For one, those who lack the resources and networks to escape deteriorating environmental conditions may be unable to move, and therefore trapped in conditions of vulnerability. Migration can be relatively expensive with many social and legal barriers in the way, making it a rather poor bet for households already on the brink. Estimates suggest that the number of people unable to move away from climate change degraded areas may climb into the tens of millions by 2050.
Additionally, forced migration can be connected to loss of land, culture, identity and even sovereignty. In the case of Odanah, the Lake Superior Chippewa Tribe’s existence in Wisconsin is itself the result of a relocation forced by invading Europeans who drove them West. More recently, the Indian Relocation Act of 1956 prompted relocation by creating incentives for people living on reservations to move away from their allotted land and into cities.
In some parts of the country, entire tribes collapsed as the federal government ordered tribal government to dissolve, and it became financially impossible for families to remain on their land. Although not entirely forced, this can only serve to accentuate the circumstances under which Odanah began moving after the flood of 1960.
The line between voluntary migration and forced displacement from climate change can be difficult to determine. Much movement – and indeed most movement related to environmental factors – is not entirely forced or voluntary, but rather falls somewhere on a continuum between the two, with multiple factors contributing to whether a person moved, where they move, how. But as with the Odanah relocation, what happens when the reasons for residing in a climate catastrophe prone area were unfair to begin with?
One example is Newtok in Alaska, where erosion is forcing the primarily Yup’ik Native village to relocate. As temperatures increase, the frozen permafrost underneath the village, which was established as a consequence for forced settlement, is thawing resulting in about 70 feet of land erosion each year. Since 1994, the Newtok community has been desperately seeking out funding to aid in their relocation to a plot of land 9 miles away. And more than twenty years later, money still remains the largest barrier in their endeavours.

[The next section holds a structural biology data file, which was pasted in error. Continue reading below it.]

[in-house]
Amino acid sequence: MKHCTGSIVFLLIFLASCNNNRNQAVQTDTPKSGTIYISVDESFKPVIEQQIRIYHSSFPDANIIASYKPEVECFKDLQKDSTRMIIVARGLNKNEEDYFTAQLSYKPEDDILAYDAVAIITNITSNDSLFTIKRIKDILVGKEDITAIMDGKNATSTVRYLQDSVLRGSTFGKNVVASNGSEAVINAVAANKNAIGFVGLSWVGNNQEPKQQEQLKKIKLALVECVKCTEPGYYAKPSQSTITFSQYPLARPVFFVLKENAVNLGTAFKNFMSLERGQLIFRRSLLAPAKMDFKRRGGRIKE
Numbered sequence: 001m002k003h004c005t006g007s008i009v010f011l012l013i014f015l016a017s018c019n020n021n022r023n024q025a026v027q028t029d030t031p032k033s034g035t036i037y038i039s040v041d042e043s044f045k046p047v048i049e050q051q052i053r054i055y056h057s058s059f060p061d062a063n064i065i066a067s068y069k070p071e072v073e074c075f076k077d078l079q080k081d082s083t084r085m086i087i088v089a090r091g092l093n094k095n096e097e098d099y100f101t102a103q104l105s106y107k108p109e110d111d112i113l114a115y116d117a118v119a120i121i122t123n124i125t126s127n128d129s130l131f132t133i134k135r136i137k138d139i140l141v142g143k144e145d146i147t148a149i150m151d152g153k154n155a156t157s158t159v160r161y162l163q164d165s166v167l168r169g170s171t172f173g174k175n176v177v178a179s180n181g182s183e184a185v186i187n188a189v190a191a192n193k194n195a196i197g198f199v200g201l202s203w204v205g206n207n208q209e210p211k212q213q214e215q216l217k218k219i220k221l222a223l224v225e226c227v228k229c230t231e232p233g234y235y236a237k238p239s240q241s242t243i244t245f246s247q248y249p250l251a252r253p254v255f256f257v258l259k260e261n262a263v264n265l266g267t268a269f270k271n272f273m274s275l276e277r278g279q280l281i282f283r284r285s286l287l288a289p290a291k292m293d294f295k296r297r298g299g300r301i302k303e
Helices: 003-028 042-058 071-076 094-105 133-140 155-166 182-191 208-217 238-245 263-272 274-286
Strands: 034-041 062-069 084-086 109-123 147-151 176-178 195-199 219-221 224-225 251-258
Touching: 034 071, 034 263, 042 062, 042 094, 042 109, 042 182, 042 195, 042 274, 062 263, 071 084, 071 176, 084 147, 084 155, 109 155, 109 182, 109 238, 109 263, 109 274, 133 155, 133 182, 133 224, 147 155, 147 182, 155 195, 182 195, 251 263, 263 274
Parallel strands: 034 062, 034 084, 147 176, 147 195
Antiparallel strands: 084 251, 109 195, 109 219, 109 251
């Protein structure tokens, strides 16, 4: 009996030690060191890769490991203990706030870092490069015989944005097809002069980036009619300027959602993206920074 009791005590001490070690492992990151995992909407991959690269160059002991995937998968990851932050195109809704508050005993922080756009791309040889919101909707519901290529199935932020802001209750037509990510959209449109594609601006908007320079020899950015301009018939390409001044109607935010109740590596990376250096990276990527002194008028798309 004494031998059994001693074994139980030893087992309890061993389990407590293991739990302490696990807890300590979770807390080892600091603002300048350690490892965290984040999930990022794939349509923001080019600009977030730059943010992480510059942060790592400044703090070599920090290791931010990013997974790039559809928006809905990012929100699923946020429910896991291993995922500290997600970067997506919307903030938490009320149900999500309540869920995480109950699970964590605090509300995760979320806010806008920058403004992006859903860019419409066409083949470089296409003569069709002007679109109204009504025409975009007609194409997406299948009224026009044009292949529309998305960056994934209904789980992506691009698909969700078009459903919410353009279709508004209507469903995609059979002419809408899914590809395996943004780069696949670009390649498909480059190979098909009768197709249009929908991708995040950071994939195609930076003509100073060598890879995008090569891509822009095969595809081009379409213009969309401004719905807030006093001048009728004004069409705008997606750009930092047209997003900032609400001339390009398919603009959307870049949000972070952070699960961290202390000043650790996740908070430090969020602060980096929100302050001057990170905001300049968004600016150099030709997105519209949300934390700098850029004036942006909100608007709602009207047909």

As of March, the village secured more than $15 million USD in funding to begin relocating households to safer ground inland. This amount, however, is still just a fraction of what is required to relocate the entire village. According to the Army Corps of Engineers, the total cost of relocation could be as much as $130 million USD.
If there is not enough money to relocate the village collectively, Newtok residents could be forced to scatter, putting their community, culture, the Yup’ik language and identity at risk.
Without clear responsibilities and allocated funds to deal with managed retreat, vulnerable communities will continue to struggle to find permanent solutions to their predicament. Although FEMA has pushed for communities to plan for climate change, the federal government currently doesn’t have policies to deal with issues like relocation. As more communities face similar problems, a legal solution could be the only way to stay above water. And, as Odanah showed, managed retreat can turn out a success.